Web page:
Part of running a Directory Server deployment efficiently is planning for that worst case scenario. This chapter covers general principles for drafting a disaster recovery plan and highlights features in Directory Server that can be used to aide in disaster recovery.
Disaster recovery is a way of planning and implementing a smooth transition from one operating environment to another environment whenever there is some sort of catastrophic failure. A disaster recovery plan for Directory Server may be part of a larger business continuity plan or it could be a standalone plan specifically for an interruption in directory services.
This chapter covers very general concepts for disaster recovery.
Disaster recovery can be a very complex and detail-specific thing. Consider using a professional service to design, maintain, and test any disaster recovery plan for sensitive or mission-critical services, like Red Hat Directory Server.
22.1. Identifying Potential Scenarios
The first step is identifying what potential issues you may encounter, what services will be affected, and what responses you should take. In the Red Hat Directory Server Deployment Guide
, administrators made a site survey of their existing and proposed infrastructure to determine what kind of directory to design. Do something similar for disaster planning; as in Table 22.1, “Disaster Scenarios and Responses”
, identify where your data infrastructure is, determine what the affect of losing that component is, and look at potential ideal responses.
Table 22.1. Disaster Scenarios and Responses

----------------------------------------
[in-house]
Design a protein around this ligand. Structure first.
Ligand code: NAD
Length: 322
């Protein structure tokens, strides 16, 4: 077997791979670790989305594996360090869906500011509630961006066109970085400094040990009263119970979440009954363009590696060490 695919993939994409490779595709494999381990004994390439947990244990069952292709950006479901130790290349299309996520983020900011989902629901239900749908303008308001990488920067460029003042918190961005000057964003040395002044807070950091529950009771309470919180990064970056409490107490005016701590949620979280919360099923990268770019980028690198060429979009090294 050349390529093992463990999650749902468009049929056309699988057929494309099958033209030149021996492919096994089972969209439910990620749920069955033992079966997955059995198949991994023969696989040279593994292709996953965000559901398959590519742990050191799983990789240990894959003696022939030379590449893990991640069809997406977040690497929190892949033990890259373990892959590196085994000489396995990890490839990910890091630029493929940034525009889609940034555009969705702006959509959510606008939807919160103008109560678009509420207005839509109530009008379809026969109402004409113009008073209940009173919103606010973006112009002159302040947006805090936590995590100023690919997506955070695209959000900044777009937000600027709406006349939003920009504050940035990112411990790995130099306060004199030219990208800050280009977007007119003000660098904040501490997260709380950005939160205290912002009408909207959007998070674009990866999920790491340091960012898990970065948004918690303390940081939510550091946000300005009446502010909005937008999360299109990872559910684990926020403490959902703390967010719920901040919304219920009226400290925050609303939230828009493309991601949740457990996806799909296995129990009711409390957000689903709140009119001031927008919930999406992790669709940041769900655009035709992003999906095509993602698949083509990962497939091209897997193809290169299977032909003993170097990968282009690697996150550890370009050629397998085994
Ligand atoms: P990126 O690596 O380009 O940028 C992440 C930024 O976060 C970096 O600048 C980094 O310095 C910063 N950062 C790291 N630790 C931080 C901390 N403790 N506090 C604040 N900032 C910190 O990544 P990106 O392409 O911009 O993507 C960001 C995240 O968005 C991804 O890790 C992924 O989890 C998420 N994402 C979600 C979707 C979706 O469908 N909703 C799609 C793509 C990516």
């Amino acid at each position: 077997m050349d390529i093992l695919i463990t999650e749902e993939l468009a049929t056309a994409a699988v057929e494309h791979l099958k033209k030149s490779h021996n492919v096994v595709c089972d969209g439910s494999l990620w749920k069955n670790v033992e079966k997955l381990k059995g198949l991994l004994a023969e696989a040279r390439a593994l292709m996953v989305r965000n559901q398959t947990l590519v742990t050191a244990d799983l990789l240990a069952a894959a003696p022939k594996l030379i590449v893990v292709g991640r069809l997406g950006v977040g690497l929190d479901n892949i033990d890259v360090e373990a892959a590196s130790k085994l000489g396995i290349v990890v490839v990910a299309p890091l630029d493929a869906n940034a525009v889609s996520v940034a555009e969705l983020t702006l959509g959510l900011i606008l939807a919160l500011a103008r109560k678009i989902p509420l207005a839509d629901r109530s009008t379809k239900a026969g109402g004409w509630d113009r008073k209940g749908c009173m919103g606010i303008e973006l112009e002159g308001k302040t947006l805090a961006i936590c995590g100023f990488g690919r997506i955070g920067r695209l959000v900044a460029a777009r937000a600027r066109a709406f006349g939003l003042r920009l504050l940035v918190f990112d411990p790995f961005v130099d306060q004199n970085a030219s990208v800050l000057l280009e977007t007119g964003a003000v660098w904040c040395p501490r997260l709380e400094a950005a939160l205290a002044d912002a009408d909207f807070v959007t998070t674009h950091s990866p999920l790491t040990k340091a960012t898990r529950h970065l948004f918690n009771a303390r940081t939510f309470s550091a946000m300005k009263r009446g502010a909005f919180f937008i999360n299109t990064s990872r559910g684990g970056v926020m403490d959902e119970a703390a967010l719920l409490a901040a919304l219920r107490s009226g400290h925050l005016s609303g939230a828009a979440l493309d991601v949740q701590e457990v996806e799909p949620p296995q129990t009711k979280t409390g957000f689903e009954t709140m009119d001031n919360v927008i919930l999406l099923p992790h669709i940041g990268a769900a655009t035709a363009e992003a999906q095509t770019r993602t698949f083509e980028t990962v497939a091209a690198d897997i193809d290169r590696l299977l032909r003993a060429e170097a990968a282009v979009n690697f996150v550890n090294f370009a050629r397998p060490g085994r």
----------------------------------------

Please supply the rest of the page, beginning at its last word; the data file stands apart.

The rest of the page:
| Scenario || Effects on Infrastructure || Ideal Response |
| Data corruption || Through software or hardware failure (or through a malicious attack), the data at one site or on one server could be corrupted. If that corrupted server is a supplier in multi-supplier replication, then the corruption can quickly be propagated throughout the deployment. || An isolated server should be available with access to the most recent backup of uncorrupted data. When a problem is detected, replication can be suspended on the regular infrastructure, and this server can be brought online to reinitialize the suppliers with good data. |
| Natural disasters and other mass events || Natural disasters can take an entire office or data center offline, even through something as simple as a long-term power outage. || Directory operations can be transferred to a mirrored site at another physical location, with the same data. |
| Server or machine loss || A single machine could fail. || Another machine, with the same data, can assume the lost machine's place. |